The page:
Life Expectancy in US Dropped to Lowest in 25 Years

Life expectancy in the US dropped for the second consecutive year in 2021, the Centers for Disease Control and Prevention (CDC) data reveals. The leading causes of death were heart disease, cancer, and COVID-19.

The CDC’s National Center for Health Statistics (NCHS) data released Thursday shows that life expectancy in 2021 was 76.4 years, a drop of 0.6 year from 2020. This is the lowest figure since 1996.

In the previous year, the decrease was even more significant 1.8 years between 2019 and 2020.

Heart disease, cancer, and COVID-19 remained the top three leading causes of death. Throughout the second year of the pandemic, the COVID-19 death rate increased by 18.8%.

Other leading causes of death were unintentional injuries, stroke, chronic lower respiratory diseases, Alzheimer’s disease, diabetes, chronic liver disease and cirrhosis, and kidney disease.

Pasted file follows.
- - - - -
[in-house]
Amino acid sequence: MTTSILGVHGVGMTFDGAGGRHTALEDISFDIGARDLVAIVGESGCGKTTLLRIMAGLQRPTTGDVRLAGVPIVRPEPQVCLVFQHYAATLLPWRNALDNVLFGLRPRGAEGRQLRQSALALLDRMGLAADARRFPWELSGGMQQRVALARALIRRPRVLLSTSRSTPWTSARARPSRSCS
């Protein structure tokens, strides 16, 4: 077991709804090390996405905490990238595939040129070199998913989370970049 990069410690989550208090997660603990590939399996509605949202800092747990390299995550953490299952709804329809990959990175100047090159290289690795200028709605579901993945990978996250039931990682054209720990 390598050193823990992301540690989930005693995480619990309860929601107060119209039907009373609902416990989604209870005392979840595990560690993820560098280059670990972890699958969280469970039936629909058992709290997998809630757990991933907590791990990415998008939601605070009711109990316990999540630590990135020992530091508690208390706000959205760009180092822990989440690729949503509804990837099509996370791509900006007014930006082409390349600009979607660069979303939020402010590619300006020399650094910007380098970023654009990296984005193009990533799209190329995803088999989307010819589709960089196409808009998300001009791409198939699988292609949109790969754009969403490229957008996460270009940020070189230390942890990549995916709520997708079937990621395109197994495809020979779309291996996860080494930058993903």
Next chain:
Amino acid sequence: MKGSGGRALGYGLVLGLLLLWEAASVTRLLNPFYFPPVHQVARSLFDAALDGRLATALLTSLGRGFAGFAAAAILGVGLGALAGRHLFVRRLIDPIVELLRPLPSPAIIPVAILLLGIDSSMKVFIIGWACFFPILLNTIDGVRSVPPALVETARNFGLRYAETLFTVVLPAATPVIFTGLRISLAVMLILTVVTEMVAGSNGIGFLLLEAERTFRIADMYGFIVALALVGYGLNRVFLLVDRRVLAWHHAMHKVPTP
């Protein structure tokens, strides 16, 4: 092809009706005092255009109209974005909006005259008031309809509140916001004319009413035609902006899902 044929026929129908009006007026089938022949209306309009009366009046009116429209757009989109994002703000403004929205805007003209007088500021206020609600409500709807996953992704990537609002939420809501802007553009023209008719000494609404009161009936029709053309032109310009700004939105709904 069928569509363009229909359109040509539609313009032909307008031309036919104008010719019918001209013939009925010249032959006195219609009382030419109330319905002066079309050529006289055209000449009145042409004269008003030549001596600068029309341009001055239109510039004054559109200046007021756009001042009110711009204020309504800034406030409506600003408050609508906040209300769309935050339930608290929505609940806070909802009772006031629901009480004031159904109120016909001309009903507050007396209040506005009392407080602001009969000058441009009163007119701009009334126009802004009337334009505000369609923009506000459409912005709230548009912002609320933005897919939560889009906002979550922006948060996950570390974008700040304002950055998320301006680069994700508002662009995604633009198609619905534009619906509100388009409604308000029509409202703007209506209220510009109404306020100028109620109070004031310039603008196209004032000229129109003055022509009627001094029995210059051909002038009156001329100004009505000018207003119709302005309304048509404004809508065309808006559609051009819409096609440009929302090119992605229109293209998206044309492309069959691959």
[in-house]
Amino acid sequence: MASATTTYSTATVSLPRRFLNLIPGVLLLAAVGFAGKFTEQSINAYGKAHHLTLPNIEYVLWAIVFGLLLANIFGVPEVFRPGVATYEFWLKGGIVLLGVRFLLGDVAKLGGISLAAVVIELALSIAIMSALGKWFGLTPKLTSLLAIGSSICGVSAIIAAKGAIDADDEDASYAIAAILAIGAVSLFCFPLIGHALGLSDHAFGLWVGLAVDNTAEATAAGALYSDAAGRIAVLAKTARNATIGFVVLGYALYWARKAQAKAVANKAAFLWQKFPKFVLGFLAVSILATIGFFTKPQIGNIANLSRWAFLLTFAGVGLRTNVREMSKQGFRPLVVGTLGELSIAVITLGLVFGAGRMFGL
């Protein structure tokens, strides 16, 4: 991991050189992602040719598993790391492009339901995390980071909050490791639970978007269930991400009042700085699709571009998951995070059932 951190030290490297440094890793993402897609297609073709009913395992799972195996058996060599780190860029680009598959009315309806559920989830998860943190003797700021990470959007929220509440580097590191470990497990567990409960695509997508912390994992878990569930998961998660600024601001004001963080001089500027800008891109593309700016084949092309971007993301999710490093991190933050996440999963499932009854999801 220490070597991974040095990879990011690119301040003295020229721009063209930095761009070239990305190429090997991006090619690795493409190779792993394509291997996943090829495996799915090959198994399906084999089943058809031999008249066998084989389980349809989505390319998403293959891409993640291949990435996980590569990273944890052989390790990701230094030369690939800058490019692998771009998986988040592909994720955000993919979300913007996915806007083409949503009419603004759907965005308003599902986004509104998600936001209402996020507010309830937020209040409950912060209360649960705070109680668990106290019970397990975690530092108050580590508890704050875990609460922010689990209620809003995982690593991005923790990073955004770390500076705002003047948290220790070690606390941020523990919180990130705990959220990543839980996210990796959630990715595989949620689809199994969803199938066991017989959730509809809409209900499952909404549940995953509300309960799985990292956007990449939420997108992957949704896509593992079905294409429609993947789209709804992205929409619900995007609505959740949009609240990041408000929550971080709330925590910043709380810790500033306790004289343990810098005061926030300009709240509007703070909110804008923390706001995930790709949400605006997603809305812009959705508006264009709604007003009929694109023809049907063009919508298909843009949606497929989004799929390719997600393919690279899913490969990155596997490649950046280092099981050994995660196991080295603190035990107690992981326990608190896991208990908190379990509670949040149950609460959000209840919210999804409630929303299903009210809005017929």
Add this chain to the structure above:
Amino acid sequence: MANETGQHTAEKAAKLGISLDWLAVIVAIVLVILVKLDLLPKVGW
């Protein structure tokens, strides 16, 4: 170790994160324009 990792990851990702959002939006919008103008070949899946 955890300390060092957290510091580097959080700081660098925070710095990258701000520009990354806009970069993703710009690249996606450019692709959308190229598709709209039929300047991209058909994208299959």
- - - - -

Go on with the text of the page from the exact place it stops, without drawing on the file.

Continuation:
In 2021, the life expectancy was 73.5 years for males and 79,3 years for females, a decrease of 0,7 and 0.6 years, respectively.

Drug overdose deaths are on the rise

Another report from the CDC found 106,699 people in the US died from drug overdoses in 2021, a 14% increase from 2020 through 2021.

“The rate of drug overdose deaths involving synthetic opioids other than methadone increased 22%, while the rate of deaths involving heroin declined 32% between 2020 and 2021,” the report says.

While the rate of overdose drugs rose among adults 25 years and older, those aged 65 and over experienced the largest percentage increase of 28%.

Except for non-Hispanic Asian people, drug overdose deaths increased among all ethnic groups. However, the rates were highest for non-Hispanic American Indian or Alaska Native (AIAN) people, as it was in 2020.


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